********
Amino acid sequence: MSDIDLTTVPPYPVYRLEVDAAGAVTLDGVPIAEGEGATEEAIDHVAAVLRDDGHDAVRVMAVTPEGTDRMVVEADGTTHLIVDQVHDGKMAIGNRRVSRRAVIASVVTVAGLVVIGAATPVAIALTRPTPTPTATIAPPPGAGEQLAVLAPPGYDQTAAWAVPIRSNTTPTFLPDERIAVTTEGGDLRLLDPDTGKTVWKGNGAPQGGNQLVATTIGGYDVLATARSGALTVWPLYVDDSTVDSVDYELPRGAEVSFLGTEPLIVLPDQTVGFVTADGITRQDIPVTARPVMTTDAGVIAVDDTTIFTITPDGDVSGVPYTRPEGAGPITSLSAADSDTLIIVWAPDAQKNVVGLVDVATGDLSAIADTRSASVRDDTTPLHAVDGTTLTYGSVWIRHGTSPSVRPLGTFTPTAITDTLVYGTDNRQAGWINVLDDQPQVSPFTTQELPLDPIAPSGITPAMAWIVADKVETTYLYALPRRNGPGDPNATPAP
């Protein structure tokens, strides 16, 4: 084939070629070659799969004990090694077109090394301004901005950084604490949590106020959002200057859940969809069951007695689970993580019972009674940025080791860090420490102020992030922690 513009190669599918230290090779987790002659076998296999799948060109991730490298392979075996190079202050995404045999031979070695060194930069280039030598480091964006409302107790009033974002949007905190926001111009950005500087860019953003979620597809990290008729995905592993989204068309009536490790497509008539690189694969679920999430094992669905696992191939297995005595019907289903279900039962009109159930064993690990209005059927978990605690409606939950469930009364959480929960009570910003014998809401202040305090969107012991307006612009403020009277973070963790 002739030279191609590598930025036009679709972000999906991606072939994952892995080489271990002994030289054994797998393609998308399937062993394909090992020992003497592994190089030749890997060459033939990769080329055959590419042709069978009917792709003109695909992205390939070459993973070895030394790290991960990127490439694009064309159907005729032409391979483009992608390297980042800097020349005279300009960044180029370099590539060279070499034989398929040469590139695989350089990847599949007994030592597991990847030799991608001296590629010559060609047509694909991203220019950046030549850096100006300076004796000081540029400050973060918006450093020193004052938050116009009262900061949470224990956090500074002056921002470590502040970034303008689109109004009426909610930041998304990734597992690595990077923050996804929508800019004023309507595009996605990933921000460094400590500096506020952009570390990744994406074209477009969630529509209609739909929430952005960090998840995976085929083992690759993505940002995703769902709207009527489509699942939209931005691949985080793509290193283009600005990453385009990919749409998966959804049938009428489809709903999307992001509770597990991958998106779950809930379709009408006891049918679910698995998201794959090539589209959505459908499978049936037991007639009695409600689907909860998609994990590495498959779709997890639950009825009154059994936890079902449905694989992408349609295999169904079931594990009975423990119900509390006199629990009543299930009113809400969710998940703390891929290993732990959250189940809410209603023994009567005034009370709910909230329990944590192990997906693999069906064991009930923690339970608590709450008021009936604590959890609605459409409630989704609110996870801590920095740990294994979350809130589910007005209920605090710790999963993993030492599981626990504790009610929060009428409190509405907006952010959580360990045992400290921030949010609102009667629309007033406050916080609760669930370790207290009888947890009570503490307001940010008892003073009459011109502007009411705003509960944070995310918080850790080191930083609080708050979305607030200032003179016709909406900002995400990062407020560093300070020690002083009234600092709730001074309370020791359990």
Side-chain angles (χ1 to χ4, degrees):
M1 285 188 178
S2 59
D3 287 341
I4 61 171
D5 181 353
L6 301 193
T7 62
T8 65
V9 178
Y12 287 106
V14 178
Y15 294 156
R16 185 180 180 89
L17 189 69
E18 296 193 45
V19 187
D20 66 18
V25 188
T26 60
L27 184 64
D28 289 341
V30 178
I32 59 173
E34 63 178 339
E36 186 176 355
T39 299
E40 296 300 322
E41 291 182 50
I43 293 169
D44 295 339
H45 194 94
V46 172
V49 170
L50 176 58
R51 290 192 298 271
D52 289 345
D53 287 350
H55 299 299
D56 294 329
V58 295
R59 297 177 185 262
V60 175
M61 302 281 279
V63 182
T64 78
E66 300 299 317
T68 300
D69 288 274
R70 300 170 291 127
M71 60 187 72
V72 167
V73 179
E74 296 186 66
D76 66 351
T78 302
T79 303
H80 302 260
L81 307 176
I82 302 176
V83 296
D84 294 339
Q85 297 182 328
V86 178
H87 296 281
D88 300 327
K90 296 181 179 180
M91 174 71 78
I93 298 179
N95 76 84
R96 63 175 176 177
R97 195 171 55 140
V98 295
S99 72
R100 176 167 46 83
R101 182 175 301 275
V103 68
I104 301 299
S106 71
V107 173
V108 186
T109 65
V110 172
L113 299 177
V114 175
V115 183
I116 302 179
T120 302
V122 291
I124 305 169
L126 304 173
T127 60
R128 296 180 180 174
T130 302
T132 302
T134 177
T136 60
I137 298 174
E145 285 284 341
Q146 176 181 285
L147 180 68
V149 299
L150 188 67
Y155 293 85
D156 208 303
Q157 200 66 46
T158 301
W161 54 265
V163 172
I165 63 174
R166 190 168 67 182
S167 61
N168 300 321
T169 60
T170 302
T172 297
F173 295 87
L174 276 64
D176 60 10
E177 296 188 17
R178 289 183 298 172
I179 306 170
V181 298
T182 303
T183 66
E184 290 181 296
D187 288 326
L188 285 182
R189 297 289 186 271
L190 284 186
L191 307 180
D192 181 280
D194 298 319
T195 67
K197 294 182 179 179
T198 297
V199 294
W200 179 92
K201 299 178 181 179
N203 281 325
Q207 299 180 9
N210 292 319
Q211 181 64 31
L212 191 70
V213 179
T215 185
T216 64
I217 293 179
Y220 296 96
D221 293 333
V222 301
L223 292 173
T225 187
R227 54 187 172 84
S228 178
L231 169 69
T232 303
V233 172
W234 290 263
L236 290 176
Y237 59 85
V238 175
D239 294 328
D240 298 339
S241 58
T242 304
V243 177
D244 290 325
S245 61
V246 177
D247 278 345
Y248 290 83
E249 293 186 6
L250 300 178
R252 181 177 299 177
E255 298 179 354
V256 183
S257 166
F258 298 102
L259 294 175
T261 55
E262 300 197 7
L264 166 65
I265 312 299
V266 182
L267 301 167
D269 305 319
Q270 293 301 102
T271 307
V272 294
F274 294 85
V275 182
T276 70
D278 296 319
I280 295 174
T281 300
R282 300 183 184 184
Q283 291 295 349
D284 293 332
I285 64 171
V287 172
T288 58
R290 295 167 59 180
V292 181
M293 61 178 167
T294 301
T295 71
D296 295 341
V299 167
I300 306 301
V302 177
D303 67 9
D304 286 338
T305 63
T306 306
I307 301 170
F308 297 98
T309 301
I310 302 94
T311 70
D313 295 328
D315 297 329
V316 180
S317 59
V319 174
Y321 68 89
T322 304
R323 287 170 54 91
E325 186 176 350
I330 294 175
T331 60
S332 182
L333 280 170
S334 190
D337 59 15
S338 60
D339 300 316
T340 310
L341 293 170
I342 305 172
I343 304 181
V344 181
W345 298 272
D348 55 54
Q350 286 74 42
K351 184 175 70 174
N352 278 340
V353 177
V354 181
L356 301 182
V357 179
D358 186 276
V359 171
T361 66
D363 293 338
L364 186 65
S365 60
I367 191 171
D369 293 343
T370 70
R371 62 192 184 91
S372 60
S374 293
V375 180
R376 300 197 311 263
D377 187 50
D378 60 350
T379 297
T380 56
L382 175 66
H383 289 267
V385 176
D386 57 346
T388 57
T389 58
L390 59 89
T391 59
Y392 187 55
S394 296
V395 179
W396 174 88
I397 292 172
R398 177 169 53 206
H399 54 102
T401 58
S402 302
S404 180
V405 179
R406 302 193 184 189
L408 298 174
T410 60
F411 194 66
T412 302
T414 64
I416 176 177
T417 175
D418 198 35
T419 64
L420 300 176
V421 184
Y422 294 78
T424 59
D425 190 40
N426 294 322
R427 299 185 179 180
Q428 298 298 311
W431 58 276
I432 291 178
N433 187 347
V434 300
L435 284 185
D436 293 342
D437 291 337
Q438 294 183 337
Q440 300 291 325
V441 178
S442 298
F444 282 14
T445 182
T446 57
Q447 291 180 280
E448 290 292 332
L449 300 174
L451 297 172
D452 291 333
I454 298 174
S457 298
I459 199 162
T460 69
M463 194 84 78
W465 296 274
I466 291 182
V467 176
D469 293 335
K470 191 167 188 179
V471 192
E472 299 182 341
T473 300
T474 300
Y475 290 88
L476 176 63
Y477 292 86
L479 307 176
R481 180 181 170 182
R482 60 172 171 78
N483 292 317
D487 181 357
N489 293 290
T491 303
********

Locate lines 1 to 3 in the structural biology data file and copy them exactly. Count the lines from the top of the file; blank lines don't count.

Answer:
Amino acid sequence: MSDIDLTTVPPYPVYRLEVDAAGAVTLDGVPIAEGEGATEEAIDHVAAVLRDDGHDAVRVMAVTPEGTDRMVVEADGTTHLIVDQVHDGKMAIGNRRVSRRAVIASVVTVAGLVVIGAATPVAIALTRPTPTPTATIAPPPGAGEQLAVLAPPGYDQTAAWAVPIRSNTTPTFLPDERIAVTTEGGDLRLLDPDTGKTVWKGNGAPQGGNQLVATTIGGYDVLATARSGALTVWPLYVDDSTVDSVDYELPRGAEVSFLGTEPLIVLPDQTVGFVTADGITRQDIPVTARPVMTTDAGVIAVDDTTIFTITPDGDVSGVPYTRPEGAGPITSLSAADSDTLIIVWAPDAQKNVVGLVDVATGDLSAIADTRSASVRDDTTPLHAVDGTTLTYGSVWIRHGTSPSVRPLGTFTPTAITDTLVYGTDNRQAGWINVLDDQPQVSPFTTQELPLDPIAPSGITPAMAWIVADKVETTYLYALPRRNGPGDPNATPAP
């Protein structure tokens, strides 16, 4: 084939070629070659799969004990090694077109090394301004901005950084604490949590106020959002200057859940969809069951007695689970993580019972009674940025080791860090420490102020992030922690 513009190669599918230290090779987790002659076998296999799948060109991730490298392979075996190079202050995404045999031979070695060194930069280039030598480091964006409302107790009033974002949007905190926001111009950005500087860019953003979620597809990290008729995905592993989204068309009536490790497509008539690189694969679920999430094992669905696992191939297995005595019907289903279900039962009109159930064993690990209005059927978990605690409606939950469930009364959480929960009570910003014998809401202040305090969107012991307006612009403020009277973070963790 002739030279191609590598930025036009679709972000999906991606072939994952892995080489271990002994030289054994797998393609998308399937062993394909090992020992003497592994190089030749890997060459033939990769080329055959590419042709069978009917792709003109695909992205390939070459993973070895030394790290991960990127490439694009064309159907005729032409391979483009992608390297980042800097020349005279300009960044180029370099590539060279070499034989398929040469590139695989350089990847599949007994030592597991990847030799991608001296590629010559060609047509694909991203220019950046030549850096100006300076004796000081540029400050973060918006450093020193004052938050116009009262900061949470224990956090500074002056921002470590502040970034303008689109109004009426909610930041998304990734597992690595990077923050996804929508800019004023309507595009996605990933921000460094400590500096506020952009570390990744994406074209477009969630529509209609739909929430952005960090998840995976085929083992690759993505940002995703769902709207009527489509699942939209931005691949985080793509290193283009600005990453385009990919749409998966959804049938009428489809709903999307992001509770597990991958998106779950809930379709009408006891049918679910698995998201794959090539589209959505459908499978049936037991007639009695409600689907909860998609994990590495498959779709997890639950009825009154059994936890079902449905694989992408349609295999169904079931594990009975423990119900509390006199629990009543299930009113809400969710998940703390891929290993732990959250189940809410209603023994009567005034009370709910909230329990944590192990997906693999069906064991009930923690339970608590709450008021009936604590959890609605459409409630989704609110996870801590920095740990294994979350809130589910007005209920605090710790999963993993030492599981626990504790009610929060009428409190509405907006952010959580360990045992400290921030949010609102009667629309007033406050916080609760669930370790207290009888947890009570503490307001940010008892003073009459011109502007009411705003509960944070995310918080850790080191930083609080708050979305607030200032003179016709909406900002995400990062407020560093300070020690002083009234600092709730001074309370020791359990």
Side-chain angles (χ1 to χ4, degrees):